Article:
It's not just electricity that uses fossil fuels and emits lots of carbon - heavy industries like steel also pose real challenges to green economy policymakers. What can be done?
The steel industry is one of the major contributors to global CO2 manmade emissions - about 2.75Gt, or 6-7% of the total. Cement is not far behind. These two sectors are the giant emitters, way ahead of other industrial sectors. They are, of course, dwarfed by the power sector and the automotive sector, but together the two are a very important part of the CO2 problem.
But what is worse is that there are no obvious technological solutions, certainly for steel. About 90% of the sector’s emissions come from primary steelmaking, which for 150 years has required a carbon-intensive process, using metallurgical coal to reduce iron ore into hot metal. Scrap-based steelmaking emits much less CO2, directly or indirectly, but there is not enough scrap to support more than 30% of the world’s 1.5bnt of steelmaking. It is possible to imagine a Circular Economy in Steel, but it will not happen for decades, and not even in the mature economies of Europe or Japan: this is because steel stays embodied in infrastructure for a very long time.
Why should a Green Economy need steel at all? What about other materials? Unfortunately most other materials also come with a heavy carbon footprint - aluminium, plastics, carbon fibre. Timber is a promising substitute for some uses in construction, but only some uses and the availability of timber of obviously restricted by land-use constraints.
Could we use much less steel? Half of the world’s steel consumption is in China, where the dominant use is in construction - infrastructure, residential, commercial. Successive five year plans may reduce the steel intensity of the economy, but only gradually. In developing and emerging economies over half of steel consumption is for construction, and will be for decades to come. In mature economies the most important role for Steel is in the manufacturing sector, where steel intensity is falling but where steel remains essential.
If steel is essential to the world as we know it, could we decarbonise steelmaking? So far we do not know if we can. About 15 years ago Francis Mer, then CEO of Europe’s leading steel company, Usinor, initiated a programme in Europe, where, under the title ULCOS, leading European steel companies and technology companies cooperated, with financial support from the European Commission, in a series of R&D initiatives designed to reduce radically the carbon footprint of steelmaking. The programme ran from 2004 to 2014, and as it evolved focussed on four main processes, three of which would need to be supported by Carbon Capture and Storage (CCS) to achieve major decarbonisation.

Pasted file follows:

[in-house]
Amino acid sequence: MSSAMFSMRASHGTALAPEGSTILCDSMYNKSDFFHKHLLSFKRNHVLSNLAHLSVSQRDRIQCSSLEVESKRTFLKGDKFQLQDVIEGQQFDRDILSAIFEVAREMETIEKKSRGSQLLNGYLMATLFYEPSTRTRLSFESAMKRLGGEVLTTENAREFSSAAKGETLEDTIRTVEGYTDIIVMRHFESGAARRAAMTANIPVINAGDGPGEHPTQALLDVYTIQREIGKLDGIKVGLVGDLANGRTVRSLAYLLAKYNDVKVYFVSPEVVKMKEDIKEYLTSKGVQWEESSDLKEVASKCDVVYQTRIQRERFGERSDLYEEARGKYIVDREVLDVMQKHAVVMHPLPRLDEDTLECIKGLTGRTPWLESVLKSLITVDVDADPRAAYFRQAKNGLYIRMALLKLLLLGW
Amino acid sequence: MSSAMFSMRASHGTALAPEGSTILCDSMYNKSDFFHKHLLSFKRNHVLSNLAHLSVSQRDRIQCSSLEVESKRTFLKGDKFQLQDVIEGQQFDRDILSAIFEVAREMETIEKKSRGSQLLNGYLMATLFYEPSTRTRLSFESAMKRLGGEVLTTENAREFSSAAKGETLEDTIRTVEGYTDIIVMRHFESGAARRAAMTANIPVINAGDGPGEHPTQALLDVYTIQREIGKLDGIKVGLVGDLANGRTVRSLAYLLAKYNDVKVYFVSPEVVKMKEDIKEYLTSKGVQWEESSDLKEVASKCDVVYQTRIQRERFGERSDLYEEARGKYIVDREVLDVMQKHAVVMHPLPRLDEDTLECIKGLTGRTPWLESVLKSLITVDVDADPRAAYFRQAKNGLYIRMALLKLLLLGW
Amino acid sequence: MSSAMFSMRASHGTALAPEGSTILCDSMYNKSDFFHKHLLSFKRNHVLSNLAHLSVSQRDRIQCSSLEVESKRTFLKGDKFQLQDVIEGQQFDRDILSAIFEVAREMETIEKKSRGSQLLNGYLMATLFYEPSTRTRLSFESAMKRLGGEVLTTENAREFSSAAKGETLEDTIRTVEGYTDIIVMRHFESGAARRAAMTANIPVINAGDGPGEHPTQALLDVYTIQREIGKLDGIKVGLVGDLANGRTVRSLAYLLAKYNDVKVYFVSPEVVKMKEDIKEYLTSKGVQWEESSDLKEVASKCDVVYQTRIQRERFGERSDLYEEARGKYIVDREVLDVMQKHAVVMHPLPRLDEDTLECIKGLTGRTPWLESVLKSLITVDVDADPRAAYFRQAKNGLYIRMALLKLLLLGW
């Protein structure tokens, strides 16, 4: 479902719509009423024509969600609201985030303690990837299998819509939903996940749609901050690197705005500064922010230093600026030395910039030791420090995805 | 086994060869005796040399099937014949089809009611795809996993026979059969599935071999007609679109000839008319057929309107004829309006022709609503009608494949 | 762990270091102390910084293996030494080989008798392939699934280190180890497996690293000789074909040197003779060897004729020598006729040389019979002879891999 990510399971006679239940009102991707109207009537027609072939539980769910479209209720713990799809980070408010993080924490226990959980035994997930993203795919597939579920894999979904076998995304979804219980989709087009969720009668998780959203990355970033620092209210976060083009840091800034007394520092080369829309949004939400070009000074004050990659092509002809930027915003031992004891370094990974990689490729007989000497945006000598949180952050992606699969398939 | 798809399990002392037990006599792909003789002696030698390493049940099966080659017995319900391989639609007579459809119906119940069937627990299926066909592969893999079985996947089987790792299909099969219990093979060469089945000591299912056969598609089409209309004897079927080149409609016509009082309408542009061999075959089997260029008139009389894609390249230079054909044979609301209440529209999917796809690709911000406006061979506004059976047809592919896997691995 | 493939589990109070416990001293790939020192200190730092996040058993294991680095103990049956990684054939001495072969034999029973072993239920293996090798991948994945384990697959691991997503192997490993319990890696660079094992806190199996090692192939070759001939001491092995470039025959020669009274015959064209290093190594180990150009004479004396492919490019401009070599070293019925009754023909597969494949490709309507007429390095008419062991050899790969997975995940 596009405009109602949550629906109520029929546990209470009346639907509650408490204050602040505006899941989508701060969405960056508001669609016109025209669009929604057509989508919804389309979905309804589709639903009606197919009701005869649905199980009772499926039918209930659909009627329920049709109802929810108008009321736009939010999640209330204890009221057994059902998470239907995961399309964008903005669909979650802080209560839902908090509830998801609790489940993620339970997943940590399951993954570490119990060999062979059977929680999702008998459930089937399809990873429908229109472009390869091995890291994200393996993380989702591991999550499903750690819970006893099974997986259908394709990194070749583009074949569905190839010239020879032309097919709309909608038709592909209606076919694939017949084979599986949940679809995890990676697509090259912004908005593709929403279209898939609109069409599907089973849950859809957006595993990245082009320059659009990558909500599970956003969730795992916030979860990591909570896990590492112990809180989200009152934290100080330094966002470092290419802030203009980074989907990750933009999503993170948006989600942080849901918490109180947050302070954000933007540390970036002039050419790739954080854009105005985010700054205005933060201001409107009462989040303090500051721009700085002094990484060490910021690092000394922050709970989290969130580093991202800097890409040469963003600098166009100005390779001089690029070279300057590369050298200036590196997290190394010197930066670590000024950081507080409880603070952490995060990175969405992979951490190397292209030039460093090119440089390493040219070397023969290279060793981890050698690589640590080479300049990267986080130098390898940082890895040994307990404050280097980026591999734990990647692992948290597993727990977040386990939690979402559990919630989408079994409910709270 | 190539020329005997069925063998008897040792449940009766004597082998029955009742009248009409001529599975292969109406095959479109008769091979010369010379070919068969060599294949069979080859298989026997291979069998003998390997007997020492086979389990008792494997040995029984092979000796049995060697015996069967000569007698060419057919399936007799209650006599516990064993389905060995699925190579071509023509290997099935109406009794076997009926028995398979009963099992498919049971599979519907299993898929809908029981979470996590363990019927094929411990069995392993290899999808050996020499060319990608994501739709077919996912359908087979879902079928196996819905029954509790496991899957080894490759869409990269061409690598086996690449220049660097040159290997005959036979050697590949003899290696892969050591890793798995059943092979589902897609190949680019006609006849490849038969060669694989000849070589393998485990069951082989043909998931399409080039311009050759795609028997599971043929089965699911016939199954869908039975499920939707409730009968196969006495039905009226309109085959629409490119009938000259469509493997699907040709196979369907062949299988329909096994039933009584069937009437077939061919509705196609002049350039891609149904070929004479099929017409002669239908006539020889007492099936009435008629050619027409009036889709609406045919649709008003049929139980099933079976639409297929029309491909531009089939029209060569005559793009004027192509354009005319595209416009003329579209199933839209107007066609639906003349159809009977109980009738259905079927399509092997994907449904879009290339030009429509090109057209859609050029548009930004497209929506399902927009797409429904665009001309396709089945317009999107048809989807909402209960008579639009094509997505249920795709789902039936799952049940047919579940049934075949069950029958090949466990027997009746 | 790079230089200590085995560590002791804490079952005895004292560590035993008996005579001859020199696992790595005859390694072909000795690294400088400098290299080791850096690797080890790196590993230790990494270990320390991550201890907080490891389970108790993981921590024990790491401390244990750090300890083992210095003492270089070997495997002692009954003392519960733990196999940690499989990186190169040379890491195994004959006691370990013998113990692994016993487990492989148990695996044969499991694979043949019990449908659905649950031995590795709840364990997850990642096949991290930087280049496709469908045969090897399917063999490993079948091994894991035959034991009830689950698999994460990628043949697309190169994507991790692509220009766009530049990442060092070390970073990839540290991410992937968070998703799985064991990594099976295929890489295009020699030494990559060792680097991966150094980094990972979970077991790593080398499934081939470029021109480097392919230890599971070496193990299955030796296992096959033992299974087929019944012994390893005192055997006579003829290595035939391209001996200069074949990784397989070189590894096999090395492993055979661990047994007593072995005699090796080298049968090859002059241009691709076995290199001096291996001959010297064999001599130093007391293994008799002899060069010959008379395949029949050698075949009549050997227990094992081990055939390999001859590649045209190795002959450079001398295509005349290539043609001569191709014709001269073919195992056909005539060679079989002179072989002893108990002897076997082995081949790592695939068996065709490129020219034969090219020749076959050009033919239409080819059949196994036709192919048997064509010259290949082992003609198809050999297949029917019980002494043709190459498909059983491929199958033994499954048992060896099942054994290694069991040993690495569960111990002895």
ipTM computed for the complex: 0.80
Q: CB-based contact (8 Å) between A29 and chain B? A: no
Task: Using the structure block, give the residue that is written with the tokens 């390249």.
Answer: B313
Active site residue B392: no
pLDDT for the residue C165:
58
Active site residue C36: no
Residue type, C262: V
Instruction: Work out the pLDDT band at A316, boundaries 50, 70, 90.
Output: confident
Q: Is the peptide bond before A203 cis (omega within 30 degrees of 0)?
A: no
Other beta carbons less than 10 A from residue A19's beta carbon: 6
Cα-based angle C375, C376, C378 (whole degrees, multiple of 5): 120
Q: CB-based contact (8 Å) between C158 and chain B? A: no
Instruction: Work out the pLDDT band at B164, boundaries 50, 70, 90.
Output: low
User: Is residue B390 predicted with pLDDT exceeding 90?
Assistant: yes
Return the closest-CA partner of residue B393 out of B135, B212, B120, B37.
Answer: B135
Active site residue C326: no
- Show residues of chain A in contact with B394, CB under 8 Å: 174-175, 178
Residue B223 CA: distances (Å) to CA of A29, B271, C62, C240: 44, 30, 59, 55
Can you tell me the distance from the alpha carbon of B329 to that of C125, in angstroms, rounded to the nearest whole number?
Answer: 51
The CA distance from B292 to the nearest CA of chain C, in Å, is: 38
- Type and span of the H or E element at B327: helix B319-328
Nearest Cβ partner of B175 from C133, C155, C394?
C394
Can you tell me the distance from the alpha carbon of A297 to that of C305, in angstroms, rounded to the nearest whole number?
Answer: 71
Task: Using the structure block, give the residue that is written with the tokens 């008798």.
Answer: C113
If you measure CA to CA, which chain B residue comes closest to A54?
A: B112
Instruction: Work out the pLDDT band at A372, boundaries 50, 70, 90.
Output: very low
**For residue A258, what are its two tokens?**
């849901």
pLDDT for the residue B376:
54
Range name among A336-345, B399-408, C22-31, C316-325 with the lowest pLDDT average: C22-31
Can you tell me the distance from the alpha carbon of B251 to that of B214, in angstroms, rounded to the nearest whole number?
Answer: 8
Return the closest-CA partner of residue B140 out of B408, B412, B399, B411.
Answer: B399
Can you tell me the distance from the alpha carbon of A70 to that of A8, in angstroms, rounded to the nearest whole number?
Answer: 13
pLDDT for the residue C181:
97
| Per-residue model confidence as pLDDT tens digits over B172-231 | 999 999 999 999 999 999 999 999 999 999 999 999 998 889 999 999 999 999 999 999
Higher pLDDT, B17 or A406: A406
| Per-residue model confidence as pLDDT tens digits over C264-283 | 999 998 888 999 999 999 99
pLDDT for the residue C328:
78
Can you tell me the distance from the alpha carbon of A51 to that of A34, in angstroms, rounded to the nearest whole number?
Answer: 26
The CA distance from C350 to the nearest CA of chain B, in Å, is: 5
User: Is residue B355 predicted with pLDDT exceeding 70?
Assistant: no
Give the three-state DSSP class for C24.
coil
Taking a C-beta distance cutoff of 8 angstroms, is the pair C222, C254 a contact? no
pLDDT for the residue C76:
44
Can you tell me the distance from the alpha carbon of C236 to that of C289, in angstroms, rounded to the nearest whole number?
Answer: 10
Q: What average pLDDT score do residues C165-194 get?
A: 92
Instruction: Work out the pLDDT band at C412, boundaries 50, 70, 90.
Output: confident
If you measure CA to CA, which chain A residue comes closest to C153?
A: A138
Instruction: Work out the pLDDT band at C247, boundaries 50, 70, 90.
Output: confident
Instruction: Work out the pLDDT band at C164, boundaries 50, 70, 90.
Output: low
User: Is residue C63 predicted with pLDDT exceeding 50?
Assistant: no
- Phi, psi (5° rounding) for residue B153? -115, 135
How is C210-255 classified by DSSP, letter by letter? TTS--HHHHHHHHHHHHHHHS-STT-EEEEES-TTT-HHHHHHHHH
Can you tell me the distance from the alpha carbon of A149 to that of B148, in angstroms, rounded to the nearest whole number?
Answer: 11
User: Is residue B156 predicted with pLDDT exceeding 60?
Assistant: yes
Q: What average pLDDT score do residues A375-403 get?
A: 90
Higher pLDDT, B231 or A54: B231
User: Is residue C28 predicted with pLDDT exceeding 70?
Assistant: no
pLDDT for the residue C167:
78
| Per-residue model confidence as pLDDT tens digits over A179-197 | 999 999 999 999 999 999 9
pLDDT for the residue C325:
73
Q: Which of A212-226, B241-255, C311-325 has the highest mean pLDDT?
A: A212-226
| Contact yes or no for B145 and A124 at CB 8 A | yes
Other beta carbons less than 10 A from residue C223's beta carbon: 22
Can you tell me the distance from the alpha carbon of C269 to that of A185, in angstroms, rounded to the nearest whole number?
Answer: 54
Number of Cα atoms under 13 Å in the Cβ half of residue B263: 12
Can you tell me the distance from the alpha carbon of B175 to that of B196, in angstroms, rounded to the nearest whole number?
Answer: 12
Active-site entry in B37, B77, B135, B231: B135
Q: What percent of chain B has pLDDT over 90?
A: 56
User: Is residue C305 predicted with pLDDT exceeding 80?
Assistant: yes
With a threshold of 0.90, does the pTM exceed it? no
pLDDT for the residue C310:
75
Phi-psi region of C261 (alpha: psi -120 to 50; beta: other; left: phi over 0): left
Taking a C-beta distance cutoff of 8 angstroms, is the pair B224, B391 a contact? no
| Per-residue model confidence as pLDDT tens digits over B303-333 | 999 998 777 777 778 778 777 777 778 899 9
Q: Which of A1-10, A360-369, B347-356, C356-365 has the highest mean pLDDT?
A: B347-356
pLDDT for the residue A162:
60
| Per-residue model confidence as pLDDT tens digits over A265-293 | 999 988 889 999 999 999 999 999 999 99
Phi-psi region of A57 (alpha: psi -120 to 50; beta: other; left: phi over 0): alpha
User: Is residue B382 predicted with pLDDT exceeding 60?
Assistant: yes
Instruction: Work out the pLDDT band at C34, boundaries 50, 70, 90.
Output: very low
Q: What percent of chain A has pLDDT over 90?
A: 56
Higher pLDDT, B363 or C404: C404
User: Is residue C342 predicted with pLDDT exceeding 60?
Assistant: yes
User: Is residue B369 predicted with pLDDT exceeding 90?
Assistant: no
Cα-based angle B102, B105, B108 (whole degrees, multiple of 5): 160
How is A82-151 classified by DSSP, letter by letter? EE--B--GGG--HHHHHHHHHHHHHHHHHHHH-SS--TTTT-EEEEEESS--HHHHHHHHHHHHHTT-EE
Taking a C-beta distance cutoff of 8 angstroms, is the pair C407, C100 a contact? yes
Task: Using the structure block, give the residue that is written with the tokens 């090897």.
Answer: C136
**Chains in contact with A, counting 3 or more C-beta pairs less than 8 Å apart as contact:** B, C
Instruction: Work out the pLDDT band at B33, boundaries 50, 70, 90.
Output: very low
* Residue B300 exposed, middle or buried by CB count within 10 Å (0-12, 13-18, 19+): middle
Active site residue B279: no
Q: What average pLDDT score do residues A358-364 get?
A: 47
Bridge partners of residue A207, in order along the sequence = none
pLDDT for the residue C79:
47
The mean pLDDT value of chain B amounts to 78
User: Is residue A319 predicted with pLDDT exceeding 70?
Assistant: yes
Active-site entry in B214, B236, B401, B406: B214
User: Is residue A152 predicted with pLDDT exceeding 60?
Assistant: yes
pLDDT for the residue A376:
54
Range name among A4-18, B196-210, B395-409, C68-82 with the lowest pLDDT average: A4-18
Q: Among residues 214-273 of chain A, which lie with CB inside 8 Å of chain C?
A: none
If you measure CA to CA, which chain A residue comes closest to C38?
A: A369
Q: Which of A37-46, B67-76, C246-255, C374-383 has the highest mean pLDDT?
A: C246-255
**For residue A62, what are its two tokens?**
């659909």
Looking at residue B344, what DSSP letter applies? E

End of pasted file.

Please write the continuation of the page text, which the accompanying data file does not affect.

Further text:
One of these processes, HISarna is still running on and off by Tata Steel in the Netherlands, but with limited financial support. Another, which enjoyed a small successful pilot programme, was to have involved a demonstration project in France costing about €500m, but this was aborted on the grounds of cost and technological risk. Meanwhile the Japanese steel industry have had R&D projects to try to develop hydrogen steelmaking.
An alternative approach, being investigated by Julian Allwood and colleagues at Cambridge, is to find ways of using much less steel through much more intelligent design (e.g. of buildings) and much more effort to reuse. This could reduce the need for new steelmaking, but only to a limited extent.
Innovation and investment
At present the steelmaking processes used throughout the world derive from innovation initiated in Europe and Japan. If the Chinese steel industry seeks to modernise it will primarily look at technologies first developed in Europe and Japan. But none of these technologies today do much towards a radical decarbonisation of the industry.
For Europe there are three main routes to follow: the processes developed under the ULCOS programme linked to CCS; hydrogen steelmaking, now being looked at by steelmakers in Sweden, Austria and Germany, and electrolysis. All of these will require substantial public support, for R&D, for demonstration projects, and probably to compensate for higher costs for operation.
But there is little or no public support available. The EU Horizon and Innovation programmes may do something on a small scale. But in general the steel industry struggles to make its case, and its low profitability makes it unwilling to invest much in long-term, speculative, probably higher-cost technologies. And no level of carbon pricing foreseeable in the short or medium term can give enough incentive to companies to invest in such transformational change.
In countries like the UK which may now want to rebalance their economies to assist their rustbelts this is a challenge and an opportunity - and a potential large cost. The UK has the advantage of the best access of any European country to the North Sea, whose geology is well-suited to CCS; however any cost-effective pursuit of CCS has to involve a hub to serve a number of sectors, including power - a further opportunity for beleaguered industrial Humberside and Teesside? By contrast Germany tends to be sceptical about CCS on the grounds of public acceptability of CCS inland - but if it pursues hydrogen steelmaking then it will have to find a carbon neutral method of generating hydrogen.
Or we could do nothing, and assume that steelmaking can never be green, and that its inevitable gigatonnes of carbon emissions will be compensated later in the century by negative emissions in other sectors. Probably a risky assumption. Hence the case for a focus on this sector, and for public support now for trying to green this very mature and carbon-intensive process.
Chris Beuaman, European Bank of Reconstruction and Development (EBRD)
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